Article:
That's right. Vincent Price.
Known for his frightening voice and looming stage presence, Vincent Leonard Price Jr. has contributed to at least two major Easter past times, for which he receives little praise. Born in St. Louis, Missouri, educated at Yale, discovered in 1938 and dead in 1993 from smoking too much, Vincent Price did everything from acting, writing, speaking, and teaching the art of fine gourmet from around the world. Of all of his major film contributions (such as House of Wax, The Fly, House on Haunted Hill), two stand out as lasting contributions to the Easter Holiday.
The Ten Commandments (1956)
|(Right to Left) Lillian, Baka, Dathon.|
Vincent Price plays Baka as insidiously as his character demands. Lecherous and excessive, the role of Baka was perfect for Price. Despite the film's Academy Award, very few of my generation who bother with such classics are actually aware that Price was even in it. Vincent Price deserves credit for his short life and death in The Ten Commandments, and his contribution to a non-secular Easter tradition.
Here Comes Peter Cottontail (1971)
A Bass/Rankin (Rudolf The Red-Nosed Reindeer, Christmas in July) clay-mation special, Peter Cottontail is a family favorite around this time of the year. It tells the tale of a young Easter Bunny in training, Peter Cottontail, who must defeat a rival bunny, January Q. Irontail, in delivering the most Easter eggs. Irontail is a rotten, mean bunny whose name is derived from a clanking, horrific, top-of-the-line iron replacement prosthetic tail. Irontail's motivation is that in defeating Peter, he will be made the official Easter Bunny, after which he will effectively dismantle the holiday and turn it into some disgusting villain's clichéd anti-holiday. Of course, Irontail cheats, and succeeds in delivering the most eggs (just one). Peter has go back in time with his French caterpillar friend and try to give them to people throughout the year. To make matters worse, Irontail uses magic to turn all of Peter's eggs green, making his task virtually impossible. Of course, Peter prevails against his adversary and takes back Easter for the secular middle class.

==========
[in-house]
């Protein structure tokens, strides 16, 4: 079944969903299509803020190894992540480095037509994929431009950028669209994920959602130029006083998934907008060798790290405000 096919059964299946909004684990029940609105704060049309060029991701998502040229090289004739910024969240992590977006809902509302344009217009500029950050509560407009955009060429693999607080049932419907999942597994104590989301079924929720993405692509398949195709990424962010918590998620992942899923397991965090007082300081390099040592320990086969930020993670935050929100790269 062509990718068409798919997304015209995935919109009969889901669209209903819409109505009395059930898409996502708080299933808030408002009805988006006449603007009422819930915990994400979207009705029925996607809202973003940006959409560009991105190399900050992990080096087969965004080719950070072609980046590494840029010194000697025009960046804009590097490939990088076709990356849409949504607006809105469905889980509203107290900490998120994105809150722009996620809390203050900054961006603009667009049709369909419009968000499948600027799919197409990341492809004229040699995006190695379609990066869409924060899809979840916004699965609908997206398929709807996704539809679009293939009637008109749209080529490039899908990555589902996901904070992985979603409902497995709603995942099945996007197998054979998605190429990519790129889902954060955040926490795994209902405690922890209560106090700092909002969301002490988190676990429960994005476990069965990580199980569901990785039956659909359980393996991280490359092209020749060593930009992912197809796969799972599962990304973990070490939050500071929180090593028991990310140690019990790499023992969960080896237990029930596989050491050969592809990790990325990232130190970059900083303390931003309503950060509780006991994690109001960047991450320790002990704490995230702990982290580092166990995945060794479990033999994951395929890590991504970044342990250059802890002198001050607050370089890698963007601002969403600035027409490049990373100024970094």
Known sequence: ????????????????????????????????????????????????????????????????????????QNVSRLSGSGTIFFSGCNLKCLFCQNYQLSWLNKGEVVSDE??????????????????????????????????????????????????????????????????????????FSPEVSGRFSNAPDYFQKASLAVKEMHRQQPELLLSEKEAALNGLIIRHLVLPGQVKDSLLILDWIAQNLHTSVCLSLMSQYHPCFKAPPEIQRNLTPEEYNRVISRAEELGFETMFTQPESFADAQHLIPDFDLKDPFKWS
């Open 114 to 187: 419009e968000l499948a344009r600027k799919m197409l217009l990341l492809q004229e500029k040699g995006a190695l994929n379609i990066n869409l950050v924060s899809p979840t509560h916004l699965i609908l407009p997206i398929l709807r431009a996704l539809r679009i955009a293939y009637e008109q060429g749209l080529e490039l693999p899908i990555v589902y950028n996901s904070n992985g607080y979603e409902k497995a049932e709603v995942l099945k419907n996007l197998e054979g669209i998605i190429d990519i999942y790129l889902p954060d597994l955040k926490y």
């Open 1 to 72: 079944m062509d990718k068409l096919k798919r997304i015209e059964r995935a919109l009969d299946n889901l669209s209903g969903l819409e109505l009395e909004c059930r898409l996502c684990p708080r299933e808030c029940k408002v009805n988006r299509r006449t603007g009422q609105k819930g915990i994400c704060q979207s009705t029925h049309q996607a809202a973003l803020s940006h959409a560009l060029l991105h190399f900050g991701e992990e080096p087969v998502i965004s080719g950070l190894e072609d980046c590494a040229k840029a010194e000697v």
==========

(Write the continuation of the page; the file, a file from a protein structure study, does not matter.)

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...He even looks like Vincent Price
Even as a child, I was a huge Price fan. His death in 1993, though vaguely remembered, came as something of a shock to my small mind. This year, while the secular and non-secular alike keep Easter their own ways, I will keep Easter the Nerd way, by poking my nose down a rabbit hole for a green Easter egg and toasting Pharaoh's new treasure city with a handful of Jelly-Belly's.